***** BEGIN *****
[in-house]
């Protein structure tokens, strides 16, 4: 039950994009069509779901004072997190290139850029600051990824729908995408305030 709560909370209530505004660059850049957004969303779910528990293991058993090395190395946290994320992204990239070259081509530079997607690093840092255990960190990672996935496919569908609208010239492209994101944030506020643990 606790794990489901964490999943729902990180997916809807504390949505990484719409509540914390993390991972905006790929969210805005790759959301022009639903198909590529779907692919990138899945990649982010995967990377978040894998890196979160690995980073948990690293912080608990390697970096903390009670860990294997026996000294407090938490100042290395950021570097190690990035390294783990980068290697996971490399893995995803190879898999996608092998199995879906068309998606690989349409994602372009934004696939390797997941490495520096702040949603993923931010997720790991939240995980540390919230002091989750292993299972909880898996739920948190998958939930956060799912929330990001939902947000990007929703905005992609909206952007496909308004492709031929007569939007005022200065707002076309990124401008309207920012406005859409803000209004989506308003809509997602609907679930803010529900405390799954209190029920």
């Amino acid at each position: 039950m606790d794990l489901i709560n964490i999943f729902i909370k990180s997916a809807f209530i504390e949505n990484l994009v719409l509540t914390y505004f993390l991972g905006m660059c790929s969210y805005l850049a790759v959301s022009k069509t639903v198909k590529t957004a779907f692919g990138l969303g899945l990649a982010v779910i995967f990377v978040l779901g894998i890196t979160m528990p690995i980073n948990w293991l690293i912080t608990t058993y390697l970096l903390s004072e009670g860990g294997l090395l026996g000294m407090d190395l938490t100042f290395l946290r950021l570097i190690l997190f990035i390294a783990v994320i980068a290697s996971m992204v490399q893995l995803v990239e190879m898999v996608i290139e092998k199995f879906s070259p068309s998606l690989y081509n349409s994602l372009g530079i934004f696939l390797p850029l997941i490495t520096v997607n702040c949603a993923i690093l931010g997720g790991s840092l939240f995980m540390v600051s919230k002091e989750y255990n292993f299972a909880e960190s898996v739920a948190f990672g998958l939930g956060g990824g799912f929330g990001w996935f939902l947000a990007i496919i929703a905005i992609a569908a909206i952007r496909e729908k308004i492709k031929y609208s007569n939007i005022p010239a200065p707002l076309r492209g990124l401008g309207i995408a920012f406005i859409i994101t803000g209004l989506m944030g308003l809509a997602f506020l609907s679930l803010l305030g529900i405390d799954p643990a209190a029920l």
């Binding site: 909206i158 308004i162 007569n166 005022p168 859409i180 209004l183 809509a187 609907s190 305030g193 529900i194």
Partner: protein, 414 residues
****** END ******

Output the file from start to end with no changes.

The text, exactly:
[in-house]
């Protein structure tokens, strides 16, 4: 039950994009069509779901004072997190290139850029600051990824729908995408305030 709560909370209530505004660059850049957004969303779910528990293991058993090395190395946290994320992204990239070259081509530079997607690093840092255990960190990672996935496919569908609208010239492209994101944030506020643990 606790794990489901964490999943729902990180997916809807504390949505990484719409509540914390993390991972905006790929969210805005790759959301022009639903198909590529779907692919990138899945990649982010995967990377978040894998890196979160690995980073948990690293912080608990390697970096903390009670860990294997026996000294407090938490100042290395950021570097190690990035390294783990980068290697996971490399893995995803190879898999996608092998199995879906068309998606690989349409994602372009934004696939390797997941490495520096702040949603993923931010997720790991939240995980540390919230002091989750292993299972909880898996739920948190998958939930956060799912929330990001939902947000990007929703905005992609909206952007496909308004492709031929007569939007005022200065707002076309990124401008309207920012406005859409803000209004989506308003809509997602609907679930803010529900405390799954209190029920």
């Amino acid at each position: 039950m606790d794990l489901i709560n964490i999943f729902i909370k990180s997916a809807f209530i504390e949505n990484l994009v719409l509540t914390y505004f993390l991972g905006m660059c790929s969210y805005l850049a790759v959301s022009k069509t639903v198909k590529t957004a779907f692919g990138l969303g899945l990649a982010v779910i995967f990377v978040l779901g894998i890196t979160m528990p690995i980073n948990w293991l690293i912080t608990t058993y390697l970096l903390s004072e009670g860990g294997l090395l026996g000294m407090d190395l938490t100042f290395l946290r950021l570097i190690l997190f990035i390294a783990v994320i980068a290697s996971m992204v490399q893995l995803v990239e190879m898999v996608i290139e092998k199995f879906s070259p068309s998606l690989y081509n349409s994602l372009g530079i934004f696939l390797p850029l997941i490495t520096v997607n702040c949603a993923i690093l931010g997720g790991s840092l939240f995980m540390v600051s919230k002091e989750y255990n292993f299972a909880e960190s898996v739920a948190f990672g998958l939930g956060g990824g799912f929330g990001w996935f939902l947000a990007i496919i929703a905005i992609a569908a909206i952007r496909e729908k308004i492709k031929y609208s007569n939007i005022p010239a200065p707002l076309r492209g990124l401008g309207i995408a920012f406005i859409i994101t803000g209004l989506m944030g308003l809509a997602f506020l609907s679930l803010l305030g529900i405390d799954p643990a209190a029920l």
């Binding site: 909206i158 308004i162 007569n166 005022p168 859409i180 209004l183 809509a187 609907s190 305030g193 529900i194």
Partner: protein, 414 residues